You might not expect to find an amazing array of outstanding motorcycles displayed at a club event in New Zealand. But Gordon Campbell discovered some truly ingenious examples of automotive engineering, alongside unusual iconic and classic motorcycles…
Three years between shows is a long time but the Hawkes Bay Classic Motorcycle Club’s ‘Evolution of the Motorcycle’ show is always worth the wait. It was worse this time – like so many events, the pandemic meant the Total Lubricants-sponsored show had to be postponed for a year. When it finally happened, the club did a magnificent job.
It lived up to its name, with 180 motorcycles ranging from an 1880 steam-powered Roper to a brand new Indian Scout bobber and Ducati Panigale V2. In between, there was something for everyone – veteran, vintage, classic, modern, barn finds, perfect restorations, very cleverly engineered specials and more. One machine in particular suggested that at least one clever soul had too much time on his hands during the lockdown. It was a tiny tracked ‘bike’ that featured the tread of a car tyre as the track. According to the creator its engine produced around 5.5bhp for a top speed of 40kph, a figure that caused some wonderment.
Even more innovative was the Mad Boxer, a Subaru turbocharged dohc-powered bike that fairly bristled with clever engineering. It now has a new owner and the builder’s latest creation was on display. Incomplete but well advanced, it is another example of his incredible engineering skills and fertile imagination. Like the Mad Boxer, it featured single-sided swinging arms front and rear, and many other clever details, all owner-designed and built. It’s powered by one rotor from a Mazda 13B engine, suitably modified.
Another very clever homebuilt was the Ziodirog ZDR1K250R, an amazing looking and beautifully finished machine. More traditional but equally well-executed was a quartet of three Triumphs and a BSA, all modified with a flat-tracker theme, beautifully finished and bristling with clever details and a touch of the owner’s quirky sense of humour. These bikes and others proved that Kiwi engineering skills are world class.
A stand-out bike for me was the alloy monococque Suzuki racer built by Steve Roberts of Whanganui, the self-described ‘basher of tin’ who is actually a master artisan normally applying his skills to priceless exotic cars. It appeals not only for its purposeful looks and engineering quality but also for its history in the hands of Dave Hiscock and Robert Holden in particular. However, that was just one of many impressive machines in that category, including a pair of beautifully restored 1917 and 1923 Henderson Fours.
Not to be forgotten were two replicas of Burt Munro’s world’s fastest Indian and a Vincent Black Shadow. With just 8500 miles on its odometer, this is reputedly the lowest-mileage, most original Vincent in the world* and its engine has never been apart. A different note was the same man’s ‘possum bike’, an AJS he’s owned for many years that receives one quirky addition each year and is now a rolling work of art. Completing his trifecta was one of my favourites, a delectable MV Agusta 350.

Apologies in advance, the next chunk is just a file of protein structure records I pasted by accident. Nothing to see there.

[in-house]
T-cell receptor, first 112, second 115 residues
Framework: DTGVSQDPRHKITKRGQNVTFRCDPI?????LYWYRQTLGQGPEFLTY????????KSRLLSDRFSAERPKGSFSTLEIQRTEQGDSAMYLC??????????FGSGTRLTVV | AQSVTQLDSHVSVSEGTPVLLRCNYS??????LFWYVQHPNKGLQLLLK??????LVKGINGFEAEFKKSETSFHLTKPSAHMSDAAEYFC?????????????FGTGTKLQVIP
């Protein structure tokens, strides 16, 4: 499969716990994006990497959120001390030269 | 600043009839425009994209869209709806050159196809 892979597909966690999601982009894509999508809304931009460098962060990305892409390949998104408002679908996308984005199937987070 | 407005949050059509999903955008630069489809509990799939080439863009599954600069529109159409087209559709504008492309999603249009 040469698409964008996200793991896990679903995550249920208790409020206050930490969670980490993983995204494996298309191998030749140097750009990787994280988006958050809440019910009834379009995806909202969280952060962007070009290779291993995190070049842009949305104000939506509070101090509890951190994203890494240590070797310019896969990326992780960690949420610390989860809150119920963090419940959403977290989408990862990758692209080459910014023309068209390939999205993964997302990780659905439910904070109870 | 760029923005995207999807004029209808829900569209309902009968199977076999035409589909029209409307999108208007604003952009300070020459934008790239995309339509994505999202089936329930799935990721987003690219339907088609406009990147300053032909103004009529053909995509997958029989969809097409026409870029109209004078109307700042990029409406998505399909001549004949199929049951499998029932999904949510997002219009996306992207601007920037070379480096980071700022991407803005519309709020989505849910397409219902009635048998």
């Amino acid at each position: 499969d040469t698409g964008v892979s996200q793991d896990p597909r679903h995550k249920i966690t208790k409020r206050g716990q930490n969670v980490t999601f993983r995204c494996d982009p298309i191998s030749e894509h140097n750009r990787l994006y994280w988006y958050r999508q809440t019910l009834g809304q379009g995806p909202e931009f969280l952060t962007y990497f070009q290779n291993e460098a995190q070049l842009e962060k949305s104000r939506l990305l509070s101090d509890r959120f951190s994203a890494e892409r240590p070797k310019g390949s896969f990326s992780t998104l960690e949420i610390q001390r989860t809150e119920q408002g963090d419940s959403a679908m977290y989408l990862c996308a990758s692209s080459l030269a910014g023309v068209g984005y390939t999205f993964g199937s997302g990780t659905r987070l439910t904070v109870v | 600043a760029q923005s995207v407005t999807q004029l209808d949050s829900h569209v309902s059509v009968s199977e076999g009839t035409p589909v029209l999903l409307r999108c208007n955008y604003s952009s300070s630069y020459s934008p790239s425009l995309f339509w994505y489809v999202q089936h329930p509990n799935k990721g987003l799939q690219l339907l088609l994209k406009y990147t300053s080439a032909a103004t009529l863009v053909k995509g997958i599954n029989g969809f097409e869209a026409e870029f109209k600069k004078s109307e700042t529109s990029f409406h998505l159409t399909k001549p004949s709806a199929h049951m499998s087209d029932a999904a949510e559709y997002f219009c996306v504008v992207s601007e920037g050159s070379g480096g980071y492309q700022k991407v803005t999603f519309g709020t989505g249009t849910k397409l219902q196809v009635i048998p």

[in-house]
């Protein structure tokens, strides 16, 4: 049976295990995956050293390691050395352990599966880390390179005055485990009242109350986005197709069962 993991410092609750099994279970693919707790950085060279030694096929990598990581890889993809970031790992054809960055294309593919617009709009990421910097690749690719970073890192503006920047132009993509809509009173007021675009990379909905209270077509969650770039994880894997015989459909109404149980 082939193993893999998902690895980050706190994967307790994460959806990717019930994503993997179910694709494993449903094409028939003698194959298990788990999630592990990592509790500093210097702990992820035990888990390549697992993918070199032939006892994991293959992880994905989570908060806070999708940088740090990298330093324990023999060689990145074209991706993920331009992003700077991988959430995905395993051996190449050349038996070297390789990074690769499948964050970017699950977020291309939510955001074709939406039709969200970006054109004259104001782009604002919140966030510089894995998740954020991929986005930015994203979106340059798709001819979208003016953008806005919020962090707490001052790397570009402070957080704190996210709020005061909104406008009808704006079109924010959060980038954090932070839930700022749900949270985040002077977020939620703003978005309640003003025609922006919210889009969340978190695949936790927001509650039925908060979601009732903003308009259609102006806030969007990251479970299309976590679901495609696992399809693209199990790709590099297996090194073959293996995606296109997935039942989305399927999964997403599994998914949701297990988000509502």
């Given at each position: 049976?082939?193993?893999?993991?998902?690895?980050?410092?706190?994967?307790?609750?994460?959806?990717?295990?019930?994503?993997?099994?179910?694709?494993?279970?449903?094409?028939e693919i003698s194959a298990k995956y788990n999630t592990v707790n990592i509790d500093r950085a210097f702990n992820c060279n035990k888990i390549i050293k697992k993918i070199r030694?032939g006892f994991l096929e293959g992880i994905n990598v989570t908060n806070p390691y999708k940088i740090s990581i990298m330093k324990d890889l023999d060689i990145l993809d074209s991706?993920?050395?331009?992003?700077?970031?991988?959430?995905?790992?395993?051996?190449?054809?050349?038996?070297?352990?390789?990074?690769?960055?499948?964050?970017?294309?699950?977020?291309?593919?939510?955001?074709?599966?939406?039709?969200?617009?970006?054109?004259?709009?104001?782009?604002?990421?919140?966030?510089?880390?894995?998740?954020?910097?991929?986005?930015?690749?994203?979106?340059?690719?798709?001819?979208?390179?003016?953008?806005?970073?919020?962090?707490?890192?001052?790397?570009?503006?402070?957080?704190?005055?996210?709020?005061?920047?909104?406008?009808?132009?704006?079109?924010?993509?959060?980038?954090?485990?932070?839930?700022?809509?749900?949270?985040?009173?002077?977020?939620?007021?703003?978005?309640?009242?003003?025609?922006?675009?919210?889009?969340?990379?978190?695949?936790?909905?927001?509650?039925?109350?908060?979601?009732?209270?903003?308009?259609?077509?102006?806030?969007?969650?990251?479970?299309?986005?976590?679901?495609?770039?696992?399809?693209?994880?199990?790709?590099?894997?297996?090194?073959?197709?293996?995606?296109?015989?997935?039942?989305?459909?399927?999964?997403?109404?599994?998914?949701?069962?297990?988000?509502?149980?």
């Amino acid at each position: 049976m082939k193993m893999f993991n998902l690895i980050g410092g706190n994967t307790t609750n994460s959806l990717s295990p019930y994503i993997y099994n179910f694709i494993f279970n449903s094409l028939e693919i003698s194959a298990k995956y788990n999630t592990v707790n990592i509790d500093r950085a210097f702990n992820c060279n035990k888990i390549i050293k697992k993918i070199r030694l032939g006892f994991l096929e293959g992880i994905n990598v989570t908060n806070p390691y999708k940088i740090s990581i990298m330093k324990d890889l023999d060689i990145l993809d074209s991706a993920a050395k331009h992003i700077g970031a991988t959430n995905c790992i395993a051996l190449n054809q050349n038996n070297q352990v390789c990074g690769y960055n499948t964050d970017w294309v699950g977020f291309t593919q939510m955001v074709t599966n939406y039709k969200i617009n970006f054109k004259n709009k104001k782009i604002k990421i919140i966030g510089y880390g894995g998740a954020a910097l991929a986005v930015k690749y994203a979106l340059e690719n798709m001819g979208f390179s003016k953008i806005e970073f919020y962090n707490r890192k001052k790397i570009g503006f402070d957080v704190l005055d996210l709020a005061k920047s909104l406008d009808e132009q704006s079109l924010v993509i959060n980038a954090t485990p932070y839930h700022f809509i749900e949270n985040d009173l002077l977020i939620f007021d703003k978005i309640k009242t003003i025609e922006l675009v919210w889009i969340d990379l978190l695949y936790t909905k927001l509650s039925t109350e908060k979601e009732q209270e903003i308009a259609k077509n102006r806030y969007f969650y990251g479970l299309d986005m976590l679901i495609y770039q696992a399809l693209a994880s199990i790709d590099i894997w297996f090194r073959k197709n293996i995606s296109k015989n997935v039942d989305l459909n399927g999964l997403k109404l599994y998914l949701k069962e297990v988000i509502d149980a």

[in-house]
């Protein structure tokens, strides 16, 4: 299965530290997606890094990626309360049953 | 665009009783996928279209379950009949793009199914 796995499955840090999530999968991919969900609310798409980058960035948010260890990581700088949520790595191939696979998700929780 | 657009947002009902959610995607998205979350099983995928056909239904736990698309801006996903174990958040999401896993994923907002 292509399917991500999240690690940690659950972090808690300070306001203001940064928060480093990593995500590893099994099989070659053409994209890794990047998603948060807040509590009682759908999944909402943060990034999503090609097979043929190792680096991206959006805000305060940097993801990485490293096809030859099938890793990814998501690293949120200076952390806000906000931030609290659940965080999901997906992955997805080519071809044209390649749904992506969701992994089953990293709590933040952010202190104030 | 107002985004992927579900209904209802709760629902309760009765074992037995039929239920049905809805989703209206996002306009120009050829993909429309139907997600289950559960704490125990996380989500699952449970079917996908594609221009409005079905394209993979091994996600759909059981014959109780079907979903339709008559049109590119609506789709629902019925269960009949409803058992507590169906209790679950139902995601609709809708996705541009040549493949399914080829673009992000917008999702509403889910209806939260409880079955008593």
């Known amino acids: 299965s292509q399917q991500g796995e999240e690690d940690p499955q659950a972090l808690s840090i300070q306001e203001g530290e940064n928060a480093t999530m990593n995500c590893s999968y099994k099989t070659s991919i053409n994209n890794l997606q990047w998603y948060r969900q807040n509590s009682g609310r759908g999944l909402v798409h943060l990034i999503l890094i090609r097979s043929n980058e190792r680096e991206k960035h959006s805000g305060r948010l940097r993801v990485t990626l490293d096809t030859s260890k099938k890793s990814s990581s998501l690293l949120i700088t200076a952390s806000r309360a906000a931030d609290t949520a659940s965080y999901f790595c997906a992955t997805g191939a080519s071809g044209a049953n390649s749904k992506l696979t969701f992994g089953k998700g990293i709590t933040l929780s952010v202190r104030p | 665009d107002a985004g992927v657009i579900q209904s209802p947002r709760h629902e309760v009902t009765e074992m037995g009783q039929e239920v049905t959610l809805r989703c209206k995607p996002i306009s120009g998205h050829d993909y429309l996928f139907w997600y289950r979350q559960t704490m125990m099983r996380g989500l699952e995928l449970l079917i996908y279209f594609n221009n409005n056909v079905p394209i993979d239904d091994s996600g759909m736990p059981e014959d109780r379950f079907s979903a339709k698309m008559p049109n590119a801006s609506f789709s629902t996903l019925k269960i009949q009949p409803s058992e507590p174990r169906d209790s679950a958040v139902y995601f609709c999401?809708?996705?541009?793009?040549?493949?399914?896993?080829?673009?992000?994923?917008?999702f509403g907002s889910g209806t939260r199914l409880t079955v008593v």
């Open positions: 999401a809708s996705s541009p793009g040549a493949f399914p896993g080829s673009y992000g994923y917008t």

A tiny Norton engine in a bicycle and a mighty Magni MV Agusta four were also highlights in a show that contained so many visual treats. Regular walks through the motorcycle parking area were a must-do, where you were guaranteed to see something interesting. Back in the show there were a couple of ancient brands I’d never heard of and I had to wonder about the wisdom of the Radco company calling their latest machine the Faithless. Maybe it had a different meaning 100 years ago?
The star of the show, however, was undoubtedly the lovely and talented Avalon Biddle, our most successful female racer with several national championships to her credit. She happily gave time to the many fans over the two days and, proving that she’s not lacking in courage, she donned a helmet and did several laps of the adjacent sports ground on a 1913 Rover race bike: a feat that’s definitely not for the faint-hearted.
Avalon quickly looked at home on the old belt-drive board track racer that didn’t offer such luxuries as brakes.
Another popular feature of the show was the lack of barriers around the exhibits. People were able to walk all around each bike and touch, and it’s a credit to the visitors that this didn’t appear to cause a problem at any stage, even if it required some bravery on the part of the owners.
There were bikes for sale and a swap meet section, and at least one seller reported brisk trading. A 1960s Benelli 250 four stroke that would have been a fairly easy restoration or tidy-up, complete with spares, was on offer for $1000 and sold within a few minutes of the show’s opening.
All proceeds from the show were donated to the local Rescue Helicopter Trust and Hospice, so not only did it provide entertainment for around 3000 people over the two days, 25% up on the previous show, it also contributed several thousand dollars to worthwhile charities. The Hawkes Bay Classic Motorcycle Club could be proud of yet another successful show and would like to thank the many sponsors who made it possible.
Words and photos by Gordon Campbell
*that claim probably requires a ‘citation needed’ marker!
Looking for more ShowStoppers? Check out for the April22 issue of the monthly magazine, which features some of the best bikes from this year’s Bristol Classic Motorcycle Show